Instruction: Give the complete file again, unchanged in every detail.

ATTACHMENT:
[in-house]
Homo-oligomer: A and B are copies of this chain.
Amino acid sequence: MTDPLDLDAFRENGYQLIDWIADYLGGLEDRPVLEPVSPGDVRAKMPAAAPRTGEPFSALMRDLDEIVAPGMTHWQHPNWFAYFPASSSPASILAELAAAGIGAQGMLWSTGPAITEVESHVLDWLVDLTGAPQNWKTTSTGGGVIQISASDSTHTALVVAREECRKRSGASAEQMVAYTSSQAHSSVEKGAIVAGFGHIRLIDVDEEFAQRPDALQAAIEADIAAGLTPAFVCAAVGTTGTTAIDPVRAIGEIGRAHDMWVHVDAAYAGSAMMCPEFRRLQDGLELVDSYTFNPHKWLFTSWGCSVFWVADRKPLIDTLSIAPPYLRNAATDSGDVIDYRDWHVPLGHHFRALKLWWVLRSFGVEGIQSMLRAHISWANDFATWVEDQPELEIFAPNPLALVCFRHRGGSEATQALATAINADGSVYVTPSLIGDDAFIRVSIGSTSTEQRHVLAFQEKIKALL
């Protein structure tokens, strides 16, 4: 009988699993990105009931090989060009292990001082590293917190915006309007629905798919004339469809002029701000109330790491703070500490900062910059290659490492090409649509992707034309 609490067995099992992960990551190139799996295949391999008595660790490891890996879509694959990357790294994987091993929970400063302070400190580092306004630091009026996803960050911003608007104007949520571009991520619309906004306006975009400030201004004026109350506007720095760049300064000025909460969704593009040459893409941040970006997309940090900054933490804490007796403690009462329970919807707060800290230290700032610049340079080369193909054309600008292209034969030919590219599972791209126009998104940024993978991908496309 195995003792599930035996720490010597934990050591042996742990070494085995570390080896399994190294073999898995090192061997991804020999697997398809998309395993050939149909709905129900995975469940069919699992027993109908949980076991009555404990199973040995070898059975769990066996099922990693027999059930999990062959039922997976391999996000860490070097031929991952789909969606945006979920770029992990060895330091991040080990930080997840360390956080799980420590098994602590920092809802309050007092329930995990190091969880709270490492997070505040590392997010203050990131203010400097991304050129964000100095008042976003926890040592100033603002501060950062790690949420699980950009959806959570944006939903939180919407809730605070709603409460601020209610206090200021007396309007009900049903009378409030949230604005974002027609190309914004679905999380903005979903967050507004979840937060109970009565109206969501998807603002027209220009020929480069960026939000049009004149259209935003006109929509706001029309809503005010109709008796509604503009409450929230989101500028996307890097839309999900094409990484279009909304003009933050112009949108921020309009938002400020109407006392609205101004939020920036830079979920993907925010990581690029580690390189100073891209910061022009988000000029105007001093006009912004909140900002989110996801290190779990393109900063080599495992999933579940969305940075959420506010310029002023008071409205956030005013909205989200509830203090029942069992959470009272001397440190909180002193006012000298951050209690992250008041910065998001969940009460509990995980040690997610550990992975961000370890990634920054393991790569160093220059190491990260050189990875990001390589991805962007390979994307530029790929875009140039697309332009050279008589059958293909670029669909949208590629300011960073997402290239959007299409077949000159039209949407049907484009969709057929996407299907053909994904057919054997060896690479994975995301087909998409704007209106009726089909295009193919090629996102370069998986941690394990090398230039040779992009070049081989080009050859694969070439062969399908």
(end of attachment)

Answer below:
[in-house]
Homo-oligomer: A and B are copies of this chain.
Amino acid sequence: MTDPLDLDAFRENGYQLIDWIADYLGGLEDRPVLEPVSPGDVRAKMPAAAPRTGEPFSALMRDLDEIVAPGMTHWQHPNWFAYFPASSSPASILAELAAAGIGAQGMLWSTGPAITEVESHVLDWLVDLTGAPQNWKTTSTGGGVIQISASDSTHTALVVAREECRKRSGASAEQMVAYTSSQAHSSVEKGAIVAGFGHIRLIDVDEEFAQRPDALQAAIEADIAAGLTPAFVCAAVGTTGTTAIDPVRAIGEIGRAHDMWVHVDAAYAGSAMMCPEFRRLQDGLELVDSYTFNPHKWLFTSWGCSVFWVADRKPLIDTLSIAPPYLRNAATDSGDVIDYRDWHVPLGHHFRALKLWWVLRSFGVEGIQSMLRAHISWANDFATWVEDQPELEIFAPNPLALVCFRHRGGSEATQALATAINADGSVYVTPSLIGDDAFIRVSIGSTSTEQRHVLAFQEKIKALL
């Protein structure tokens, strides 16, 4: 009988699993990105009931090989060009292990001082590293917190915006309007629905798919004339469809002029701000109330790491703070500490900062910059290659490492090409649509992707034309 609490067995099992992960990551190139799996295949391999008595660790490891890996879509694959990357790294994987091993929970400063302070400190580092306004630091009026996803960050911003608007104007949520571009991520619309906004306006975009400030201004004026109350506007720095760049300064000025909460969704593009040459893409941040970006997309940090900054933490804490007796403690009462329970919807707060800290230290700032610049340079080369193909054309600008292209034969030919590219599972791209126009998104940024993978991908496309 195995003792599930035996720490010597934990050591042996742990070494085995570390080896399994190294073999898995090192061997991804020999697997398809998309395993050939149909709905129900995975469940069919699992027993109908949980076991009555404990199973040995070898059975769990066996099922990693027999059930999990062959039922997976391999996000860490070097031929991952789909969606945006979920770029992990060895330091991040080990930080997840360390956080799980420590098994602590920092809802309050007092329930995990190091969880709270490492997070505040590392997010203050990131203010400097991304050129964000100095008042976003926890040592100033603002501060950062790690949420699980950009959806959570944006939903939180919407809730605070709603409460601020209610206090200021007396309007009900049903009378409030949230604005974002027609190309914004679905999380903005979903967050507004979840937060109970009565109206969501998807603002027209220009020929480069960026939000049009004149259209935003006109929509706001029309809503005010109709008796509604503009409450929230989101500028996307890097839309999900094409990484279009909304003009933050112009949108921020309009938002400020109407006392609205101004939020920036830079979920993907925010990581690029580690390189100073891209910061022009988000000029105007001093006009912004909140900002989110996801290190779990393109900063080599495992999933579940969305940075959420506010310029002023008071409205956030005013909205989200509830203090029942069992959470009272001397440190909180002193006012000298951050209690992250008041910065998001969940009460509990995980040690997610550990992975961000370890990634920054393991790569160093220059190491990260050189990875990001390589991805962007390979994307530029790929875009140039697309332009050279008589059958293909670029669909949208590629300011960073997402290239959007299409077949000159039209949407049907484009969709057929996407299907053909994904057919054997060896690479994975995301087909998409704007209106009726089909295009193919090629996102370069998986941690394990090398230039040779992009070049081989080009050859694969070439062969399908």